Court: Penn. Insurer’s Fine Print Negated Coverage Rejection

The Pennsylvania Superior Court ruled on Monday that some additional language included in a form that Unitrin policyholders sign to reject underinsured motorist coverage actually invalidated the rejection form, meaning that many of Unitrin’s Pennsylvania automobile insurance policyholders could be entitled to compensation under a type of coverage they chose to reject.

All Pennsylvania car insurance policies by default include uninsured/underinsured motorist (UM/UIM) coverage, which provides coverage when the policyholder is injured in a car accident caused by an uninsured, underinsured, or hit-and-run driver.

But drivers can reject this coverage by signing a form contained in the pages of their auto policies. The language of that form is dictated by law so that this section of all Pennsylvania policies reads the same way.

Unitrin, however, added an extra 20 words to the statement policyholders sign to reject the coverage.

The extra sentence seemed innocuous enough to Unitrin and the trial court that ruled in the insurer’s favor: “By rejecting this coverage, I am also signing the waiver on P. 13 rejecting stacked limits of underinsured motorist coverage.”

The opinion of both Unitrin and the lower court was that the additional sentence was “clarifying” language that did not affect the terms of the rejection.

But a majority of state Superior Court judges who reviewed one Unitrin policyholder’s appeal said the fact that the language deviated from what had been prescribed in the state’s financial responsibility law is enough to make the Unitrin UM/UIM rejection void.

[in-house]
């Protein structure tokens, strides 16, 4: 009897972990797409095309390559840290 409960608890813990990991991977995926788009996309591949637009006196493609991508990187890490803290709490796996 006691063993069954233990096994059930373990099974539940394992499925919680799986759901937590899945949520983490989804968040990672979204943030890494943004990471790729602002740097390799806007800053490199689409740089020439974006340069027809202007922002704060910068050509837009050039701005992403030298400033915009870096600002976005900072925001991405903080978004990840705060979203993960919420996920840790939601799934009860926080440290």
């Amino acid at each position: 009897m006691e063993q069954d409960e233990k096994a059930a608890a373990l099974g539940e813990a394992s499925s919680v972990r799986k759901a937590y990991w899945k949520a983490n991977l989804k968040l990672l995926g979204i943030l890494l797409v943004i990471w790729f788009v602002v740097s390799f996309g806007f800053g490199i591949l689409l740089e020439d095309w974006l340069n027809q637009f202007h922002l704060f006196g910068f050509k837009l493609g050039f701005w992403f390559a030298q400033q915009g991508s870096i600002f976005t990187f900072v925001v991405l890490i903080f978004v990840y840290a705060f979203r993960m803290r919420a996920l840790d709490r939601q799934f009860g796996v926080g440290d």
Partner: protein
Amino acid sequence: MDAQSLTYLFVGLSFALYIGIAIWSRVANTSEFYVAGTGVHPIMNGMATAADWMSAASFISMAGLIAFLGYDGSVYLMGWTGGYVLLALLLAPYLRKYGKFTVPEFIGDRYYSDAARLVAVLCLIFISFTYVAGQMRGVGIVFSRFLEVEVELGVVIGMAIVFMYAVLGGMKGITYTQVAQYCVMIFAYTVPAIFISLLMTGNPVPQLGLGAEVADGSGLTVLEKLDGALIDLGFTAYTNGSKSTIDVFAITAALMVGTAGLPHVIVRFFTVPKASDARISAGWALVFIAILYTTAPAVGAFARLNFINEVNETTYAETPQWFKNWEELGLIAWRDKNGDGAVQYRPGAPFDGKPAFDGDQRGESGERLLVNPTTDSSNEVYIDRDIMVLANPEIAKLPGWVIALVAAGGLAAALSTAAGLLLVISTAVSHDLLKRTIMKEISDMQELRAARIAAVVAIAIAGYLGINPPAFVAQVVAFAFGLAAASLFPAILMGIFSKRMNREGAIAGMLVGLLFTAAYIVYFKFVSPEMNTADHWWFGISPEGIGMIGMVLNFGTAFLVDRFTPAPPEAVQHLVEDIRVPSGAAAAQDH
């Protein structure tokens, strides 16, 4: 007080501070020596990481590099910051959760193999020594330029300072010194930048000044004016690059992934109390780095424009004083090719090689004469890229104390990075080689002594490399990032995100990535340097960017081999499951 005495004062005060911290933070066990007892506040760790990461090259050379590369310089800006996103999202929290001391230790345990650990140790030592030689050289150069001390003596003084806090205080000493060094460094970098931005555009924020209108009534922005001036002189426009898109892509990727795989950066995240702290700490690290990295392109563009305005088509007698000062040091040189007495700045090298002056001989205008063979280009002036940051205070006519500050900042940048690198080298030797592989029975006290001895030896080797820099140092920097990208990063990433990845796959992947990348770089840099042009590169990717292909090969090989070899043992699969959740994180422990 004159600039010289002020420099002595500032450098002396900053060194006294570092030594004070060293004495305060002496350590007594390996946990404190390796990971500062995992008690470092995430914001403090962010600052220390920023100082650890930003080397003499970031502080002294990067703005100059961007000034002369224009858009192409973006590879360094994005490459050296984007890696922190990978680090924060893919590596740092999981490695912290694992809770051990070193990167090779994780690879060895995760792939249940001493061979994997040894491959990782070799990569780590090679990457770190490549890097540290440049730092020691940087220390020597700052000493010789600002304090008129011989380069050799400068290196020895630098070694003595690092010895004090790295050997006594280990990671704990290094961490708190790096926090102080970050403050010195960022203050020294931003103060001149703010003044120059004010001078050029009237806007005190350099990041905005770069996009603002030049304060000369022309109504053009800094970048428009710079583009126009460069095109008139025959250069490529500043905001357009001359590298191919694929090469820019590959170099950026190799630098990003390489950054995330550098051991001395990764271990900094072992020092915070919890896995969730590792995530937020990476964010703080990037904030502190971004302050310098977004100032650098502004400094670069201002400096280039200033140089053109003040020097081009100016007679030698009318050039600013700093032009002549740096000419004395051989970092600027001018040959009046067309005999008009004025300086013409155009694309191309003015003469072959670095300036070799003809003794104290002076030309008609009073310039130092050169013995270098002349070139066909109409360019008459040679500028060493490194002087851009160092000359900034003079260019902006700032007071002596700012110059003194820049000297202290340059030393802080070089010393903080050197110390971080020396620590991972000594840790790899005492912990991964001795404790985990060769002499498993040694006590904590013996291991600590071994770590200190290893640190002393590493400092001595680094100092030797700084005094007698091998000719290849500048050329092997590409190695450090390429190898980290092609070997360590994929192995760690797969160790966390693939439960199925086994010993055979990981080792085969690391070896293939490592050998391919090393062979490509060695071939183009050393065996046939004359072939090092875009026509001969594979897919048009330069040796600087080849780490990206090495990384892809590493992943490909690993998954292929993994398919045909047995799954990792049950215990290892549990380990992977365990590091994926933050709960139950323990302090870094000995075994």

The lower court’s decision was reversed.

Decision Could Be Significant for Unitrin Policyholders Who Have Made UIM Claims

The case originated in July 2009 when Unitrin policyholder Lee Jones was injured in an accident while riding as a passenger.

After being treated for injuries, it turned out that Jones’s damages exceeded the limits of the at-fault driver’s bodily injury liability policy–a scenario in which underinsured motorist coverage would kick in and cover the remaining damages.

But Jones had signed the UIM rejection form, meaning she would likely have to pay for the remaining damages out of pocket.

After Unitrin denied her claim, the two parties went to court over whether the rejection form Jones had signed complied with state statutes and, in effect, whether she was covered under the policy. The trial court said the language did not negate the policy and sided with Unitrin in the end, but the Superior Court ruling reversed that decision.

This may not be the end of the Unitrin case. But if the Superior Court’s decision is upheld, it could mean drivers who were denied UIM benefits because they had rejected the coverage may still be able to collect for their damages.


About John Pirro
John Pirro is a licensed fire and casualty insurance agent specializing in various aspects of the auto insurance industry. He worked in the auto body repair industry before taking a reporting position at Online Auto Insurance News.

No comments yet.

Comment on this article